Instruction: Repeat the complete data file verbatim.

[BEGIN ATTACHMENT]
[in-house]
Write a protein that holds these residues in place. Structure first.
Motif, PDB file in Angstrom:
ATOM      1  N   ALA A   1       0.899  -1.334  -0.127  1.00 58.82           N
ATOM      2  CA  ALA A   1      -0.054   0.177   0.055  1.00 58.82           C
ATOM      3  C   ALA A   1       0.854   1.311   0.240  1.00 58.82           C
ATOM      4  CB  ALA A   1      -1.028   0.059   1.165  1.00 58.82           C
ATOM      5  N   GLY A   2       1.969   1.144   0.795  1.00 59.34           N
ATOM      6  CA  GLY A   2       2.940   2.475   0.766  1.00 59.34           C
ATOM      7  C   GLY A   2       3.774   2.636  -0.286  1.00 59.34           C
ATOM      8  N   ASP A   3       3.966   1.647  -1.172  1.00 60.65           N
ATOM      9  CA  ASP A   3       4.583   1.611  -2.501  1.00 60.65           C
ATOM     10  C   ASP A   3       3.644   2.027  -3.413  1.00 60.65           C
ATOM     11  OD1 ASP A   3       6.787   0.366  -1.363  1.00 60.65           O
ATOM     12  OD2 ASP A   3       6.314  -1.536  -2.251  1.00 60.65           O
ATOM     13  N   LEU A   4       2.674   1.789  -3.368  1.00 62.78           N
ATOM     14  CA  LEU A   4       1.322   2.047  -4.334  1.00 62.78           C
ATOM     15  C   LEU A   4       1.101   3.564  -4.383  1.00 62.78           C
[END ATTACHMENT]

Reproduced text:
[in-house]
Write a protein that holds these residues in place. Structure first.
Motif, PDB file in Angstrom:
ATOM      1  N   ALA A   1       0.899  -1.334  -0.127  1.00 58.82           N
ATOM      2  CA  ALA A   1      -0.054   0.177   0.055  1.00 58.82           C
ATOM      3  C   ALA A   1       0.854   1.311   0.240  1.00 58.82           C
ATOM      4  CB  ALA A   1      -1.028   0.059   1.165  1.00 58.82           C
ATOM      5  N   GLY A   2       1.969   1.144   0.795  1.00 59.34           N
ATOM      6  CA  GLY A   2       2.940   2.475   0.766  1.00 59.34           C
ATOM      7  C   GLY A   2       3.774   2.636  -0.286  1.00 59.34           C
ATOM      8  N   ASP A   3       3.966   1.647  -1.172  1.00 60.65           N
ATOM      9  CA  ASP A   3       4.583   1.611  -2.501  1.00 60.65           C
ATOM     10  C   ASP A   3       3.644   2.027  -3.413  1.00 60.65           C
ATOM     11  OD1 ASP A   3       6.787   0.366  -1.363  1.00 60.65           O
ATOM     12  OD2 ASP A   3       6.314  -1.536  -2.251  1.00 60.65           O
ATOM     13  N   LEU A   4       2.674   1.789  -3.368  1.00 62.78           N
ATOM     14  CA  LEU A   4       1.322   2.047  -4.334  1.00 62.78           C
ATOM     15  C   LEU A   4       1.101   3.564  -4.383  1.00 62.78           C